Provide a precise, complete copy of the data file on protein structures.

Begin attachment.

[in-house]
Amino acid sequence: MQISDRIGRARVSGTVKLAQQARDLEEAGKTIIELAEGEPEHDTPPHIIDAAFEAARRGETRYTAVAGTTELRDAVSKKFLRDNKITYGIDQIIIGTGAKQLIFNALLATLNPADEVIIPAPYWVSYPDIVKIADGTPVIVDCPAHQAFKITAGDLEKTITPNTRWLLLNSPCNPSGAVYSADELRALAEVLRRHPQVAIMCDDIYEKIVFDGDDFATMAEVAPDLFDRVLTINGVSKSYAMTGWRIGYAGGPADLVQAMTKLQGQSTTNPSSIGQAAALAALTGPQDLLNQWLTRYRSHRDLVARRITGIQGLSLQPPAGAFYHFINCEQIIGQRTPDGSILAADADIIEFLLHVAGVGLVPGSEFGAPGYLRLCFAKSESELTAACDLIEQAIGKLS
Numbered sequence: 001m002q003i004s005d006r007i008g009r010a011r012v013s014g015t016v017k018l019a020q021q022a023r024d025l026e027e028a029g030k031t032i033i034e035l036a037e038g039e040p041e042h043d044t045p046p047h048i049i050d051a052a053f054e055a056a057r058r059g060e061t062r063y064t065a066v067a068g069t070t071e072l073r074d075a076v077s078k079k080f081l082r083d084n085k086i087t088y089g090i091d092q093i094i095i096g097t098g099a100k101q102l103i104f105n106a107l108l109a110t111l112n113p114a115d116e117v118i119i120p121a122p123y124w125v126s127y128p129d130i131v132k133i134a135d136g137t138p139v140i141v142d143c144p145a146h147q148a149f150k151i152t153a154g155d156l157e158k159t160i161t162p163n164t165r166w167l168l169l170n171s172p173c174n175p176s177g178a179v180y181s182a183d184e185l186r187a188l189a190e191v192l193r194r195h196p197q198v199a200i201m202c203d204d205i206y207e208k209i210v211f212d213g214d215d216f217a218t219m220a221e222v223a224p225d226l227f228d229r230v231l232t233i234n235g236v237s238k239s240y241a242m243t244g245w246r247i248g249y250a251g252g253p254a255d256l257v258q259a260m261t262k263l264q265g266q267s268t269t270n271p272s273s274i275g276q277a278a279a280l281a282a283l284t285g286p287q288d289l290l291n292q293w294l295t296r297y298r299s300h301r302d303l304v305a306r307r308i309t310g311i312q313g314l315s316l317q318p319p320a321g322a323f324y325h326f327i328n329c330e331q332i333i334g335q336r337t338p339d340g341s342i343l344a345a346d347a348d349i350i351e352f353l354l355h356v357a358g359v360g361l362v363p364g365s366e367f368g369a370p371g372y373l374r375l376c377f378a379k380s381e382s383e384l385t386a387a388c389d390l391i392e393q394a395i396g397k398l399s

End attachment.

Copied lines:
[in-house]
Amino acid sequence: MQISDRIGRARVSGTVKLAQQARDLEEAGKTIIELAEGEPEHDTPPHIIDAAFEAARRGETRYTAVAGTTELRDAVSKKFLRDNKITYGIDQIIIGTGAKQLIFNALLATLNPADEVIIPAPYWVSYPDIVKIADGTPVIVDCPAHQAFKITAGDLEKTITPNTRWLLLNSPCNPSGAVYSADELRALAEVLRRHPQVAIMCDDIYEKIVFDGDDFATMAEVAPDLFDRVLTINGVSKSYAMTGWRIGYAGGPADLVQAMTKLQGQSTTNPSSIGQAAALAALTGPQDLLNQWLTRYRSHRDLVARRITGIQGLSLQPPAGAFYHFINCEQIIGQRTPDGSILAADADIIEFLLHVAGVGLVPGSEFGAPGYLRLCFAKSESELTAACDLIEQAIGKLS
Numbered sequence: 001m002q003i004s005d006r007i008g009r010a011r012v013s014g015t016v017k018l019a020q021q022a023r024d025l026e027e028a029g030k031t032i033i034e035l036a037e038g039e040p041e042h043d044t045p046p047h048i049i050d051a052a053f054e055a056a057r058r059g060e061t062r063y064t065a066v067a068g069t070t071e072l073r074d075a076v077s078k079k080f081l082r083d084n085k086i087t088y089g090i091d092q093i094i095i096g097t098g099a100k101q102l103i104f105n106a107l108l109a110t111l112n113p114a115d116e117v118i119i120p121a122p123y124w125v126s127y128p129d130i131v132k133i134a135d136g137t138p139v140i141v142d143c144p145a146h147q148a149f150k151i152t153a154g155d156l157e158k159t160i161t162p163n164t165r166w167l168l169l170n171s172p173c174n175p176s177g178a179v180y181s182a183d184e185l186r187a188l189a190e191v192l193r194r195h196p197q198v199a200i201m202c203d204d205i206y207e208k209i210v211f212d213g214d215d216f217a218t219m220a221e222v223a224p225d226l227f228d229r230v231l232t233i234n235g236v237s238k239s240y241a242m243t244g245w246r247i248g249y250a251g252g253p254a255d256l257v258q259a260m261t262k263l264q265g266q267s268t269t270n271p272s273s274i275g276q277a278a279a280l281a282a283l284t285g286p287q288d289l290l291n292q293w294l295t296r297y298r299s300h301r302d303l304v305a306r307r308i309t310g311i312q313g314l315s316l317q318p319p320a321g322a323f324y325h326f327i328n329c330e331q332i333i334g335q336r337t338p339d340g341s342i343l344a345a346d347a348d349i350i351e352f353l354l355h356v357a358g359v360g361l362v363p364g365s366e367f368g369a370p371g372y373l374r375l376c377f378a379k380s381e382s383e384l385t386a387a388c389d390l391i392e393q394a395i396g397k398l399s